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As per the title. Can I use std::atomic<> in a signal handler or does sig_atomic_t provide other compiler features?

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up vote 6 down vote accepted

n3376 1.9/6

When the processing of the abstract machine is interrupted by receipt of a signal, the values of objects which are neither

— of type volatile std::sig_atomic_t nor

— lock-free atomic objects (29.4)

are unspecified during the execution of the signal handler, and the value of any object not in either of these two categories that is modified by the handler becomes undefined.

Lock-free 29.4/1,2

The ATOMIC_..._LOCK_FREE macros indicate the lock-free property of the corresponding atomic types, with the signed and unsigned variants grouped together. The properties also apply to the corresponding (partial) specializations of the atomic template. A value of 0 indicates that the types are never lock-free. A value of 1 indicates that the types are sometimes lock-free. A value of 2 indicates that the types are always lock-free.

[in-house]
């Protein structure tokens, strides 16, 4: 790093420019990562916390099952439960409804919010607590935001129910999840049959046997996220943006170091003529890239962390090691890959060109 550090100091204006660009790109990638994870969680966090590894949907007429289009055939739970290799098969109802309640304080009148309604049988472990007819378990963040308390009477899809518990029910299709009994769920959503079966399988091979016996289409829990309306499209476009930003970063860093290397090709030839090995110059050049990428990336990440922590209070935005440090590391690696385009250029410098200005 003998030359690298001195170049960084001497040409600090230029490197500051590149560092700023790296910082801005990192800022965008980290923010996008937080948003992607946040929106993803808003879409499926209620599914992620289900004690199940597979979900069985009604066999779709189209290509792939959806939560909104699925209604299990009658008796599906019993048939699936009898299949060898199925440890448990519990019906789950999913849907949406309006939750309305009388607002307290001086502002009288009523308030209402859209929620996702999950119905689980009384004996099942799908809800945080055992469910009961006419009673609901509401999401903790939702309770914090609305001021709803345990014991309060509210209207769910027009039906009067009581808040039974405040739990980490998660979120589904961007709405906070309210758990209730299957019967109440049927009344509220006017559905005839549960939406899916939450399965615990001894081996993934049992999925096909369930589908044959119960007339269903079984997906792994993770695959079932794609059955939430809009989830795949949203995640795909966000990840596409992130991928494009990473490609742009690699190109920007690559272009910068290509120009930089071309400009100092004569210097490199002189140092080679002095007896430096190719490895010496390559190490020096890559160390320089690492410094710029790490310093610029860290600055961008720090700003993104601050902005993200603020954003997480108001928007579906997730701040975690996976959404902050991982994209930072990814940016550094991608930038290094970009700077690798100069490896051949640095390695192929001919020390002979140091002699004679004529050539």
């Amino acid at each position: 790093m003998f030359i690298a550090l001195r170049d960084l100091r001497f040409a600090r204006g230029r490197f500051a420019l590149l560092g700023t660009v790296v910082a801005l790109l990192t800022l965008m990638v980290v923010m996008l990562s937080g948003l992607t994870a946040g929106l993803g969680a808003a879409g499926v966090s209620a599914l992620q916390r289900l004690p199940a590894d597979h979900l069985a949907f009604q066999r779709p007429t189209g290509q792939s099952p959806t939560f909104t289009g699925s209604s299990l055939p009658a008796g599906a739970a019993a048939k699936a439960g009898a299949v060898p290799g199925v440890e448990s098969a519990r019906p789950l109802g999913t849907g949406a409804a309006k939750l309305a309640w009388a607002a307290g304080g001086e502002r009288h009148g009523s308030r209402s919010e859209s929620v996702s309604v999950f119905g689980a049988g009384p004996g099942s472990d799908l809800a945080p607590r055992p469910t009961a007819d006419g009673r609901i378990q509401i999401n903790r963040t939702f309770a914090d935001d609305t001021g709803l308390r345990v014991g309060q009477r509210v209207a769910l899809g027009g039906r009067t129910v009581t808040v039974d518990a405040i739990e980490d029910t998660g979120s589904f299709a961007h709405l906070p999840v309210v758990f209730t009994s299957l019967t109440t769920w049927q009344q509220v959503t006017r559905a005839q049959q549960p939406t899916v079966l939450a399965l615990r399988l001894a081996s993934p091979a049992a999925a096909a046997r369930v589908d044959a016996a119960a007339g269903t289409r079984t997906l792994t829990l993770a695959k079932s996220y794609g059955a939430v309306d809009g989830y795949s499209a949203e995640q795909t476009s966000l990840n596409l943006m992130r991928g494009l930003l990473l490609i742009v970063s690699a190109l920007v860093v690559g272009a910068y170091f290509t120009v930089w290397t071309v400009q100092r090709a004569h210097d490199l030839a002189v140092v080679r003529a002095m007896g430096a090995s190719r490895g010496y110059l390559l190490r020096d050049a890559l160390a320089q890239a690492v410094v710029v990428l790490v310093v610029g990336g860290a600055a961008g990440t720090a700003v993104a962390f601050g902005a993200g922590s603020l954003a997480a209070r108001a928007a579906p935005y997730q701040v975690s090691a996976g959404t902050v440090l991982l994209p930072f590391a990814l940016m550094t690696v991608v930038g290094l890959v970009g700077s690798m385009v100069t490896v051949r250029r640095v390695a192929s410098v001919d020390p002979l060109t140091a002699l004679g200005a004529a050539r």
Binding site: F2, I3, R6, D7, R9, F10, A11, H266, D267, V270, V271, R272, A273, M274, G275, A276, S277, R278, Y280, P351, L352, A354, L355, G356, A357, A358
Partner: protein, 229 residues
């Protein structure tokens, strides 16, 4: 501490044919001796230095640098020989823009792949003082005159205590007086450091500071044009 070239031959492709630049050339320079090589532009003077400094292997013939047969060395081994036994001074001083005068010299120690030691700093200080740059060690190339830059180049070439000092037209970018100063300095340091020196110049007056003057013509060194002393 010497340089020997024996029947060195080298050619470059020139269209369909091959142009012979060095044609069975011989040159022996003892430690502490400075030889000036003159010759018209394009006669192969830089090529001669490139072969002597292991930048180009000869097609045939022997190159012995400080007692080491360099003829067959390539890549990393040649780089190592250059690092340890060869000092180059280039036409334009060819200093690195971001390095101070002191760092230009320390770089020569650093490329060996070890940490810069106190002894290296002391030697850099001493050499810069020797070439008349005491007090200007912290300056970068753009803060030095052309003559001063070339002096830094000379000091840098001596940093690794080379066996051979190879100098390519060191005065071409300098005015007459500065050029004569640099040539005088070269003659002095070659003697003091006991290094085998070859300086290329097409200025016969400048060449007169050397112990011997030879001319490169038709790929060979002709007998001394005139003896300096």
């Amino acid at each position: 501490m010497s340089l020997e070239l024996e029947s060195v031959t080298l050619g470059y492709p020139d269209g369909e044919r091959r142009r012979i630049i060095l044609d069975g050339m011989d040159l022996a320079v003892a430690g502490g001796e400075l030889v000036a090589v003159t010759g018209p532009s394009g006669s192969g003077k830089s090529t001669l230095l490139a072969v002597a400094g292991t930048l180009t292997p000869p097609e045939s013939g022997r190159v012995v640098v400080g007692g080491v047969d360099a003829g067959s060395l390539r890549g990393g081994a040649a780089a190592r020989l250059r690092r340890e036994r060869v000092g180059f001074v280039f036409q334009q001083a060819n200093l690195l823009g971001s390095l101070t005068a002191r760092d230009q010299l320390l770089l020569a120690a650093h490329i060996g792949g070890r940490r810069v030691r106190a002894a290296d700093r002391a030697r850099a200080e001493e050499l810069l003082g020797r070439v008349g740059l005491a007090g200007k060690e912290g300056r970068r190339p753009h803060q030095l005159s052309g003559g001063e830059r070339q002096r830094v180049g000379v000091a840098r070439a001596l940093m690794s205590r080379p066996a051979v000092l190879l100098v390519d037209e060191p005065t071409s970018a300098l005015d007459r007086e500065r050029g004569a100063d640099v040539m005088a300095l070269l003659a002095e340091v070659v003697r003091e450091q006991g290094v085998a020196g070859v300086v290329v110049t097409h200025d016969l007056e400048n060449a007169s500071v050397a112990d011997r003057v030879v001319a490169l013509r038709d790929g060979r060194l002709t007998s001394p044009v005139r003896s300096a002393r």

The function atomic_is_lock_free (29.6) indicates whether the object is lock-free. In any given program execution, the result of the lock-free query shall be consistent for all pointers of the same type.

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6  
For completeness, that means you can use a std::atomic<T> x; variable if x.is_lock_free() is true. – R. Martinho Fernandes Apr 11 '13 at 12:46
    
Thank you both... – James Apr 11 '13 at 13:11

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